A group of Forest Park pickleball players is pushing the Park District of Forest Park to give them more opportunities to play their game on the tennis courts — something that the parks worry runs up against liability concerns when it uses those courts for kids’ tennis lessons.
Pickleball has been exploding in popularity nationwide, and the western suburbs are no exception. The park district currently has 6 tennis courts at the southeast corner of the main park on Harrison Street. And while the area is surrounded by a tall fence, there is no separation of any kind between the individual courts other than the lines on the court. Three of those courts are striped for both pickleball and tennis, while the other 3 are tennis-only. The Roos Recreation Center also holds drop-in pickleball playing sessions during colder months.
The issue for pickleball players is that the entire tennis area is off-limits when the park district offers tennis lessons for kids and teens. During the July 20 Park District of Forest Park Board of Commissioners meeting, a group of pickleball players urged the park district to let them use the courts during the lessons, noting that the lessons only use the three courts not lined for pickleball. Jackie Iovinelli, park district executive director, said that, while she was eager to find a solution, the current stumbling block is legal liability — they simply couldn’t risk having adults in the same space as kids, even if they are under staff supervision.
While pickleball has been around since 1965, the table-tennis-like game has been picking up popularity, sending the park district scrambling to keep up with demand. During the June 16 board meeting, Iovinelli said the park district doesn’t have much room to put in more pickleball courts, even after taking over most village-owned pocket parks. She also said tennis courts are still in demand, both from players and institutions that rent them out.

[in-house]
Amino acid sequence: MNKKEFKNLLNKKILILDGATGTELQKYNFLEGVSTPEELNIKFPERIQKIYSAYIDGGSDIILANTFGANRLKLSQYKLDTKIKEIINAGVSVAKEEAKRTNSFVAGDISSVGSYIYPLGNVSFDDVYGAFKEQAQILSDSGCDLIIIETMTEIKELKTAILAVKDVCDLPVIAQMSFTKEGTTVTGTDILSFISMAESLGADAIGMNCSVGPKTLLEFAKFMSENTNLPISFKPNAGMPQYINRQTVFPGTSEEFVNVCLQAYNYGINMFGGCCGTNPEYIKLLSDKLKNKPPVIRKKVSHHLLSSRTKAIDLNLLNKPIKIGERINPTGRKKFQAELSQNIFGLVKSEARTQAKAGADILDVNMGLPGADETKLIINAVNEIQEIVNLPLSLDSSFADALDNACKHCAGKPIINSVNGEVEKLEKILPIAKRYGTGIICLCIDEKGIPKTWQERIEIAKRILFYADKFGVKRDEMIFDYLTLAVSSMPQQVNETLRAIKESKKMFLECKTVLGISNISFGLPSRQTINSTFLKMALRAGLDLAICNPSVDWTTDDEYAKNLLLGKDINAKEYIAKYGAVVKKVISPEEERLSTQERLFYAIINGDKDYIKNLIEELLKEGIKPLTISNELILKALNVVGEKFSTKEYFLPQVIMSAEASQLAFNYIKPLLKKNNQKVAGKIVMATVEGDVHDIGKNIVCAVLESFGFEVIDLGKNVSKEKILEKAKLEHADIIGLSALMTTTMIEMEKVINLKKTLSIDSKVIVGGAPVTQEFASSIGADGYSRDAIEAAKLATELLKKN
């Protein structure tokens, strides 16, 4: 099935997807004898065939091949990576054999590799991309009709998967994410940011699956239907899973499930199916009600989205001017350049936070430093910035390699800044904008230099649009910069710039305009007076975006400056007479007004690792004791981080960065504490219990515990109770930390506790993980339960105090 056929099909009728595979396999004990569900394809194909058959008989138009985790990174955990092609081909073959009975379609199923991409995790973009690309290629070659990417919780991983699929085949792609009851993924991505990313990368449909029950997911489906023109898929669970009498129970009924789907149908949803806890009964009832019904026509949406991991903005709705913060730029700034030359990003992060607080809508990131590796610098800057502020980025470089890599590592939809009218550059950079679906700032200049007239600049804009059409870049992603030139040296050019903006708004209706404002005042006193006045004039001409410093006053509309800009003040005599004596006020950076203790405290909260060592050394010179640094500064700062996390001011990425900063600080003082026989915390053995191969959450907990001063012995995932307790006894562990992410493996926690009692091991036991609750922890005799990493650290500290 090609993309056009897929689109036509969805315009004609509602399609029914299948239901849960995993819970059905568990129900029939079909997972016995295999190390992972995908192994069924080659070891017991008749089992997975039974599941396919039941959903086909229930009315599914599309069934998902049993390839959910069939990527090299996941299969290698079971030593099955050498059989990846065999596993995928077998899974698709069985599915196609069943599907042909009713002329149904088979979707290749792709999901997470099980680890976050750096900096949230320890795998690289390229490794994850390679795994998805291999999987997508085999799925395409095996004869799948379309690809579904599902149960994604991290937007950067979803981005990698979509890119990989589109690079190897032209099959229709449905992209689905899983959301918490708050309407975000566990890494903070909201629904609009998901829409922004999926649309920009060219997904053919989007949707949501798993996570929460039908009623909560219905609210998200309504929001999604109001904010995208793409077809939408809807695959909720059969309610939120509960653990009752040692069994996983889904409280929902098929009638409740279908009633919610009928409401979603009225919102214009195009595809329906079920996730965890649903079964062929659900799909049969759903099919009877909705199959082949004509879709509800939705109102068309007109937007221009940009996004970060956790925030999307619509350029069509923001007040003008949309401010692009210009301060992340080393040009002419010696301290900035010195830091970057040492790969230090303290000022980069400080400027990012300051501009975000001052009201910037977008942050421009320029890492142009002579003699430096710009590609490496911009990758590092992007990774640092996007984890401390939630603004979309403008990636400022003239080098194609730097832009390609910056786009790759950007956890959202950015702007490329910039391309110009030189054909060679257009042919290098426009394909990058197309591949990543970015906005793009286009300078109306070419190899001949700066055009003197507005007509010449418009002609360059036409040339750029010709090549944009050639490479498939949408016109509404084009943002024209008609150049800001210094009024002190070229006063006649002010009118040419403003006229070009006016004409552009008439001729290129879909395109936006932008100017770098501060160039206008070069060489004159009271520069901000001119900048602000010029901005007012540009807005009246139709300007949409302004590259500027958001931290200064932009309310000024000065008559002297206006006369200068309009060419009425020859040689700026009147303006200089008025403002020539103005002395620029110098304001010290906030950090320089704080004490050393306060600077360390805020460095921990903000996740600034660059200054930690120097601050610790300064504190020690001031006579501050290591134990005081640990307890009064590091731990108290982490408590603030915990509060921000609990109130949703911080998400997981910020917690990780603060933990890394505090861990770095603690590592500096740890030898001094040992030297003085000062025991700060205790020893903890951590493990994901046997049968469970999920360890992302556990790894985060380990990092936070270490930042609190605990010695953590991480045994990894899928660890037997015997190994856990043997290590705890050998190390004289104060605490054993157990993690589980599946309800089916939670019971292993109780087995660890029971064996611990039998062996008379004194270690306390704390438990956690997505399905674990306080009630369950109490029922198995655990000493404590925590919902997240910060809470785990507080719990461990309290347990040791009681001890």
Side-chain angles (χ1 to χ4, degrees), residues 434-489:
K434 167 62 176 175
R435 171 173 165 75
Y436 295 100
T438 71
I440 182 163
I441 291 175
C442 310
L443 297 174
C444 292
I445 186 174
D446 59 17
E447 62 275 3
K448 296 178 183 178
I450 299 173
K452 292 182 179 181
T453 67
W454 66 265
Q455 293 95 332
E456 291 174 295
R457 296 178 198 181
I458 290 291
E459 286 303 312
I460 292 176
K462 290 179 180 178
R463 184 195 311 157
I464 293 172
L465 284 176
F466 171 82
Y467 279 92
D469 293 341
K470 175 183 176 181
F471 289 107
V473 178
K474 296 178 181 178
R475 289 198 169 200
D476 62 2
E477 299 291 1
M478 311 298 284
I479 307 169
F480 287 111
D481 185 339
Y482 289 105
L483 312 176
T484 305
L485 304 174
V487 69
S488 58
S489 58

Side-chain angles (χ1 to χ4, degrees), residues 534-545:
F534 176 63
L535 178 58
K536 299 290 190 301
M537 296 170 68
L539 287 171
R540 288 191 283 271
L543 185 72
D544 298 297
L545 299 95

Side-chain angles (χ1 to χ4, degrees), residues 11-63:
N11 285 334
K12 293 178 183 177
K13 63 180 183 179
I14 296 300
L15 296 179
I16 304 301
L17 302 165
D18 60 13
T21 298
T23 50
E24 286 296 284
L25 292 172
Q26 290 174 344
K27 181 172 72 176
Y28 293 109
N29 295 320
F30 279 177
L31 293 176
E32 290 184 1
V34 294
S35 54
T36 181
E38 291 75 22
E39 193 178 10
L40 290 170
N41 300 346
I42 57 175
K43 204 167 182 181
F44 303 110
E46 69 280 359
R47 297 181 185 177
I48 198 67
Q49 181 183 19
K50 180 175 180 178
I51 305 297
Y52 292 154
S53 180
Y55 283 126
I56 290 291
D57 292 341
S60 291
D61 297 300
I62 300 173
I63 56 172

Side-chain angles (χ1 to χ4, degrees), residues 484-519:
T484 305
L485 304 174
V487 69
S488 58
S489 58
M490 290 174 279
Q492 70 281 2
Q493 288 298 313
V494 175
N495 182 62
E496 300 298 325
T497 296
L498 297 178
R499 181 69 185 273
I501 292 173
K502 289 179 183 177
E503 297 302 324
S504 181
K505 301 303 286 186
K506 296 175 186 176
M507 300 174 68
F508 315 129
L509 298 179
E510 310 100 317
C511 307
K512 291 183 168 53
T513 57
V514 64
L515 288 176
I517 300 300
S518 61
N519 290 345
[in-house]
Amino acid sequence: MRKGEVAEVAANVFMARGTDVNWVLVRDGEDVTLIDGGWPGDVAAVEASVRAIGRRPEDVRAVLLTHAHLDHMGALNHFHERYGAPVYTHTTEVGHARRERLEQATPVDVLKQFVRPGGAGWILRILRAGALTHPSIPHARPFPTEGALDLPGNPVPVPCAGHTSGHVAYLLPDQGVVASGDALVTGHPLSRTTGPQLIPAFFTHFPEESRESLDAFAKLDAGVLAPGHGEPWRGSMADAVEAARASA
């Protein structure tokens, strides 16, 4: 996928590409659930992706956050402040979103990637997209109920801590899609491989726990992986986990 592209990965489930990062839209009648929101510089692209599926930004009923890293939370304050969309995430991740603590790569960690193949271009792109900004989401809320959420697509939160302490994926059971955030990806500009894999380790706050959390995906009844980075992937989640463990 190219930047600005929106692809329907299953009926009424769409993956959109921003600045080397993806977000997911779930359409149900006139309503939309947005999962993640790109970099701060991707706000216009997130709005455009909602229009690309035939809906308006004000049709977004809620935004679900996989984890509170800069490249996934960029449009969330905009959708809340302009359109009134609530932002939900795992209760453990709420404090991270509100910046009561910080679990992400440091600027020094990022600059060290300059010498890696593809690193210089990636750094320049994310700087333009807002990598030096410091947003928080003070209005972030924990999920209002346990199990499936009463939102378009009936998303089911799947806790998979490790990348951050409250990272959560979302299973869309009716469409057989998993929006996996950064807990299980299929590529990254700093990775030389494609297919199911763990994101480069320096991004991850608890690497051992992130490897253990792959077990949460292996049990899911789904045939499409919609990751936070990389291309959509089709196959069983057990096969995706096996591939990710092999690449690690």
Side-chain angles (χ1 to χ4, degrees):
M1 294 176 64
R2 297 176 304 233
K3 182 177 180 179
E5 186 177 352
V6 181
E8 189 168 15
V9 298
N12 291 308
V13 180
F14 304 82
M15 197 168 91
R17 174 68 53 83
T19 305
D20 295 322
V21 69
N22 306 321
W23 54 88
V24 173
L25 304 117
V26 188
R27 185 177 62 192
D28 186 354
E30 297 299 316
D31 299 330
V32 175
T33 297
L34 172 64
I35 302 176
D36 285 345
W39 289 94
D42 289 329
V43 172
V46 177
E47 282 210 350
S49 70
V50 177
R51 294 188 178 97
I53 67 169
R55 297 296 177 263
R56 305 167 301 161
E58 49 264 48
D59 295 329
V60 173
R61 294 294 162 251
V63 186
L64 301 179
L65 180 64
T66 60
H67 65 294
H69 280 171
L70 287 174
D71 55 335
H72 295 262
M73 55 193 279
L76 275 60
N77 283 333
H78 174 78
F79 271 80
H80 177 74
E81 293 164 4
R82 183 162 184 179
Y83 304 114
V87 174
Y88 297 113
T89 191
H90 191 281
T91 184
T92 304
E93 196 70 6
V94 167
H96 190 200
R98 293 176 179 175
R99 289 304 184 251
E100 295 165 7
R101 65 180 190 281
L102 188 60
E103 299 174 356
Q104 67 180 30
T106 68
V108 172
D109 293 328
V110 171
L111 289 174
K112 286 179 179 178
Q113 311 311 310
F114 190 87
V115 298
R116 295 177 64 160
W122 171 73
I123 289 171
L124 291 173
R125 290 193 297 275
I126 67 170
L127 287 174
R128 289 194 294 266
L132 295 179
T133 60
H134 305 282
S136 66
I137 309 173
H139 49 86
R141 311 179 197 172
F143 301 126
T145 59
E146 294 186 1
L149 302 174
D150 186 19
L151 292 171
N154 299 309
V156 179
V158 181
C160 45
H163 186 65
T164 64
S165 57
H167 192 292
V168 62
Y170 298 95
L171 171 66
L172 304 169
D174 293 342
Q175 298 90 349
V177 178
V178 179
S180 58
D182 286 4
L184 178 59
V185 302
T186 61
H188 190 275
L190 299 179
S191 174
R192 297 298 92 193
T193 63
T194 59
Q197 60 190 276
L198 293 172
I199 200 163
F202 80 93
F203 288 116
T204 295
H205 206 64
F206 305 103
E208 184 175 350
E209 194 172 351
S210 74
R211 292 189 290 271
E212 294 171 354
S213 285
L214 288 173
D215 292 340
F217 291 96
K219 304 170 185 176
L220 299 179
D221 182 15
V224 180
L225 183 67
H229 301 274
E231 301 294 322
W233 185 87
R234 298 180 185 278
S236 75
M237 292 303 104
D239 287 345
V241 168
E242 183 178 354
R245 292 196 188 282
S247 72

According to the park district program brochure, this summer the classes are taking place on Monday-Thursday mornings, with early classes starting at 9 a.m. and the last classes wrapping up at noon.
At the time, Iovinelli said that putting 2-4 courts where the batting cages currently are is a possibility, since they don’t get as much use as they used to, but such renovations would still be ways off. She also touched on the concerns about adults sharing space with kids.
“Our biggest concern. when it comes to any of our programs — these are children in this class, parents are dropping them off and entrusting us with their safety,” Iovinelli said. “Having strangers, people we don’t know, sharing space is something we do need to be concerned [about].”
Later during that meeting, pickleball player Diana Jackson of Forest Park, urged the park district to find a way to have pickleball players and kids taking tennis lessons share the courts. She suggested keeping the tennis lessons to the tennis-only courts and having the pickleball players stick to the dual-lined courts. Iovinelli and the park commissioners didn’t respond to her suggestions at the time, but the topic was included in the agenda for the July 20 meeting.
At least 9 pickleball players, including Jackson, showed up to that meeting. Bernadette Smith urged the park district to expand capacity, saying that having players from the region take advantage of the court would support Forest Park businesses.
“Please encourage more pickleball in our community,” she said. “We’re bringing people from all over the villages [in west suburbs] to play.”
Jackson urged the board to invest more in pickleball because, nationwide, its popularity was on the rise while tennis’ popularity was declining. She suggested the short-term solution of adding pickleball lines to all six courts and reiterated that they wanted to figure out a way pickleball players and tennis classes could share the space.
“We’re not here to obstruct the park district tennis lessons, but what we would like to do is get better utilization for the pickleball users,” she said. “If there any concerns about us using the same gates as kids, open the gates in the back. We’d be happy to use different gates.”
Iovinelli said the issue of adults sharing a facility with kids remains a concern.
“If we have parents dropping off kids for [any] program, we wouldn’t allow anyone else to interact with the children supervised by our staff, because it’s a liability,” she said.
Several pickleball players came up to talk to Iovinelli after the meeting, with Jackson expressing frustration that “we can’t seem to move past” the safety concerns and emphasizing that the players were willing to work with the park district. The executive director said she was “in their court” and that, while she wanted to find a solution that worked best for everyone, she didn’t have one at this time.
Iovinelli reiterated that point to the Review.
“It’s a complicated situation,” she said.